People Can creditors will get about a fifth of what they are owed, administrator says

The defunct public services charity went into liquidation in 2012 because of a £17m pension deficit

People Can
People Can

Creditors of the defunct public services charity People Can will receive as little as 18p in the pound, according to its administrator

The charity, which supported homeless people, victims of domestic abuse and ex-offenders, went into liquidation in November 2012 because of a £17m pension deficit.

The professional services firm PwC, appointed as the administrator, issued a progress report to creditors this week in which it set out the likely payments.

It said more than 230 claims, totalling £19.5m, had already been submitted; 106 of these, totalling £18.6m, had been accepted and 12 claims totalling about £900,000 were still under adjudication. A further 179 claims totalling almost £1.3m are awaited, PWC said in its report. By far the biggest creditor is the Pensions Trust, which is owed in excess of £17m.

PWC said that preferential, or secured, creditors could expect full payment of the money they were owed, but the charity had no secured creditors. Unsecured creditors will receive between 18p and 22p in the pound.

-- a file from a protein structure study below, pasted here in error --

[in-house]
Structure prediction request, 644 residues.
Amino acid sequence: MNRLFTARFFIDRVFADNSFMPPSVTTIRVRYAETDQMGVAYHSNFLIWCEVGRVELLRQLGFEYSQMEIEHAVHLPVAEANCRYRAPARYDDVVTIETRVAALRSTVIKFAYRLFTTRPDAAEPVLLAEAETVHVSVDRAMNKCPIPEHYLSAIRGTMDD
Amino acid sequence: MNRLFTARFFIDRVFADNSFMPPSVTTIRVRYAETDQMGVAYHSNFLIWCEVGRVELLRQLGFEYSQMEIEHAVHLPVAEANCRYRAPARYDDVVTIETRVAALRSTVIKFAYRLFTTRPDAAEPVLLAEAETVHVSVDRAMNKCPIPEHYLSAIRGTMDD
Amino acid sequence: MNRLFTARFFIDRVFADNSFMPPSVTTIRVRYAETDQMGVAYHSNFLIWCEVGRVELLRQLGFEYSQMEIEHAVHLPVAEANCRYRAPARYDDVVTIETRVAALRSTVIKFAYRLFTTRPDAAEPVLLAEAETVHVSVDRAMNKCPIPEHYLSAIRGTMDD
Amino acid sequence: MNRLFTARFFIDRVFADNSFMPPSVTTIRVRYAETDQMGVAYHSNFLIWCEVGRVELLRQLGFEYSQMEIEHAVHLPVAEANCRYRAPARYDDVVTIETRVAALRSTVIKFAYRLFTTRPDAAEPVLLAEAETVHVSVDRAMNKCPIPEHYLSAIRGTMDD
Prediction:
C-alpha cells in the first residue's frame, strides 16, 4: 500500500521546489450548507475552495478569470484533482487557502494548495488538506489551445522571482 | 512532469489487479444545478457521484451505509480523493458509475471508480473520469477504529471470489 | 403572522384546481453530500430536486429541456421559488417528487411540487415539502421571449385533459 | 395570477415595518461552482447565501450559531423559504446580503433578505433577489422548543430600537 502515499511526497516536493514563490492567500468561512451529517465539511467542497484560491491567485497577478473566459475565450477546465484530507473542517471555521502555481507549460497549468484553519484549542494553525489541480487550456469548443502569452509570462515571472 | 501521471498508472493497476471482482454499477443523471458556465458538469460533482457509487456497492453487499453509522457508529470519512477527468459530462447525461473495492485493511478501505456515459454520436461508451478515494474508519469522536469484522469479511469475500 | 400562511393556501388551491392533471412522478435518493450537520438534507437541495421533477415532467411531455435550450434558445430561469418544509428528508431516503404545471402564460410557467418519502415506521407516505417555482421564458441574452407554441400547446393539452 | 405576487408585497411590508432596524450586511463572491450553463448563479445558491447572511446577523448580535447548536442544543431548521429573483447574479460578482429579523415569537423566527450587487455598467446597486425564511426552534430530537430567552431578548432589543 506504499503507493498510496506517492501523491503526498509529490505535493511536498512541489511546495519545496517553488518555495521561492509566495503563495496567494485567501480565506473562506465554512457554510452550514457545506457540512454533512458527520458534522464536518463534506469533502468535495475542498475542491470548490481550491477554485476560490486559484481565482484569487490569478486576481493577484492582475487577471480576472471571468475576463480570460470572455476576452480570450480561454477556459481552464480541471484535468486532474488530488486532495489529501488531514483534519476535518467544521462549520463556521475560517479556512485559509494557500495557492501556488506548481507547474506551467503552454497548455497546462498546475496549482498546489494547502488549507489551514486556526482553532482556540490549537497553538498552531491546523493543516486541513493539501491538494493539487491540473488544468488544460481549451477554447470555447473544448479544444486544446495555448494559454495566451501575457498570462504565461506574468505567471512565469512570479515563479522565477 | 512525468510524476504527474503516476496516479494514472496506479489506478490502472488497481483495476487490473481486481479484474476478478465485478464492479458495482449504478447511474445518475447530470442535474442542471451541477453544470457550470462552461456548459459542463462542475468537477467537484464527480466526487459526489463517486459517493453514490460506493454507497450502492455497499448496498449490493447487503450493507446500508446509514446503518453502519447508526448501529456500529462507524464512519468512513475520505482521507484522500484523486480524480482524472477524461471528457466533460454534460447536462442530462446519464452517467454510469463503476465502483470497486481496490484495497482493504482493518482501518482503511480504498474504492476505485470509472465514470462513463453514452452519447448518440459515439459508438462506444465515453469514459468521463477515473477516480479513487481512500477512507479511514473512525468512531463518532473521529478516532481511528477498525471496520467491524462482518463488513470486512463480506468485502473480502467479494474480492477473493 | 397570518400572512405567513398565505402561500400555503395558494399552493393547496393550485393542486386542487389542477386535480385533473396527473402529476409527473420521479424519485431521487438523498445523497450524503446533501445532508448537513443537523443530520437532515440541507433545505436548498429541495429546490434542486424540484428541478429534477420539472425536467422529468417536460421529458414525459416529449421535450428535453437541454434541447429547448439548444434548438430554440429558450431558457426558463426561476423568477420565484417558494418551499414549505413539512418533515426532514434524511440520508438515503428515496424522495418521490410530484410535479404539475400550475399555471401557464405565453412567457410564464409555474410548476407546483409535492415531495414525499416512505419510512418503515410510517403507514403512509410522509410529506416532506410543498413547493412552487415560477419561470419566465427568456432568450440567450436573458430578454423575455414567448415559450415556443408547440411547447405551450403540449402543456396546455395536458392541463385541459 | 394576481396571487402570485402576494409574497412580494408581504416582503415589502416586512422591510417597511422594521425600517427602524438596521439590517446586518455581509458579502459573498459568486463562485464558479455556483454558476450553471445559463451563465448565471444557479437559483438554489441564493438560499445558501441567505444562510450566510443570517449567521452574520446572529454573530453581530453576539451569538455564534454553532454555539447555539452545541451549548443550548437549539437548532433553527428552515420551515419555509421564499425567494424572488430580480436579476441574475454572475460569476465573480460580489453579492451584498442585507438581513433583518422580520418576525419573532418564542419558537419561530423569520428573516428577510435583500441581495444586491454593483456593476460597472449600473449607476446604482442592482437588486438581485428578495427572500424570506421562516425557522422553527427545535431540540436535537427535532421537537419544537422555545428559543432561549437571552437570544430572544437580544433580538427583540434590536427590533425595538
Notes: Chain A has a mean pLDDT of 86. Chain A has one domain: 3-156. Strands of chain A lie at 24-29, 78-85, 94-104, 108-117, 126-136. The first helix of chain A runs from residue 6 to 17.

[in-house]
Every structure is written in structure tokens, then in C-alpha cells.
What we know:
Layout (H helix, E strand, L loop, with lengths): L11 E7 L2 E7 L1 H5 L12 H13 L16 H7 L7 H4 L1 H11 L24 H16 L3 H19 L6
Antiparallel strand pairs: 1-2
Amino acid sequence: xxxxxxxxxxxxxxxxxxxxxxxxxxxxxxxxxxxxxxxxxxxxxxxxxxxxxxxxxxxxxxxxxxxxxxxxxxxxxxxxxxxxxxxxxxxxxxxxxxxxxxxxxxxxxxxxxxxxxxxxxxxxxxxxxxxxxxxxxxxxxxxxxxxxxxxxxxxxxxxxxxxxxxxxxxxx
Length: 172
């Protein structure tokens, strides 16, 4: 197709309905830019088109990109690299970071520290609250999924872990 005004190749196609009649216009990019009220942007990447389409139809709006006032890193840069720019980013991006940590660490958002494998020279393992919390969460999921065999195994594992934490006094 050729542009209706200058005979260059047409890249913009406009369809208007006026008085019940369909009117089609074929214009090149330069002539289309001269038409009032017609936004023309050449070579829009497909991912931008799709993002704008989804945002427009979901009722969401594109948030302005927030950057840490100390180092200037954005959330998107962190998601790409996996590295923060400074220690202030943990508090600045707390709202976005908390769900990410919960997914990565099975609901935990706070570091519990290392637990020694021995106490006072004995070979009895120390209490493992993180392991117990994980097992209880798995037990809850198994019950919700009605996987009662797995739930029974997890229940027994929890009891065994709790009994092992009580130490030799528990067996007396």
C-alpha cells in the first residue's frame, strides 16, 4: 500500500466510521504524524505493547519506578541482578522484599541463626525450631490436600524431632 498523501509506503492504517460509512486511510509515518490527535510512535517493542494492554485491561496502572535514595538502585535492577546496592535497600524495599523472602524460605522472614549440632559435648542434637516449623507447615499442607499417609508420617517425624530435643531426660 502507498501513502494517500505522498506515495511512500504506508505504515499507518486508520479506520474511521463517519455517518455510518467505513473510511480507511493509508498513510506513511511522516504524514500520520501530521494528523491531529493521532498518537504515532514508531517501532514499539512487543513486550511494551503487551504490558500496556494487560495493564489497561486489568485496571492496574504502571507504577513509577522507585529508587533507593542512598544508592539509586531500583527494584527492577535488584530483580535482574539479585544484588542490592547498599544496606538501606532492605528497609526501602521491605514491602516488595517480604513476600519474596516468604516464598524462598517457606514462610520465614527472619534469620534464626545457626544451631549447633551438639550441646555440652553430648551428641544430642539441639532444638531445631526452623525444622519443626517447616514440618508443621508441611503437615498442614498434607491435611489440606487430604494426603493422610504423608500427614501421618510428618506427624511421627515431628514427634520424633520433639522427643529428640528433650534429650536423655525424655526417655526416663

The report also showed that People Can had incurred more than £1m in additional debts before and during administration, including £10,000 on insurance fees and nearly £90,000 in legal fees.

More than £6.6m of the charity’s assets were released to PwC as part of the liquidation process to repay creditors, although £240,000 of this is ring-fenced for third-party "trust claims". In this case, trust claims are creditors who had specific contracts with the charity, the names of which PwC could not reveal for confidentiality reasons, and the money is ring-fenced until these claims are verified.

The PwC report also details the efforts it has made to sell land owned by the charity in Toxteth, Liverpool. However, overcoming a legal covenant protecting the sale of the land to developers was deemed not to be cost-effective, so PwC "formally disclaimed the land as an onerous asset" – one that would cost more to sell it than it is worth.

The land has since been given to Liverpool City Council, the Chief Land Registrar, Registrar of Companies, Crown Estate Commissioners and the County Palatine of Lancaster. 

PwC said it sold IT equipment for almost £7,000 and secured a refund of more than £60,000 on business rates, as well as nearly £1,000 of refunds on insurance premiums.

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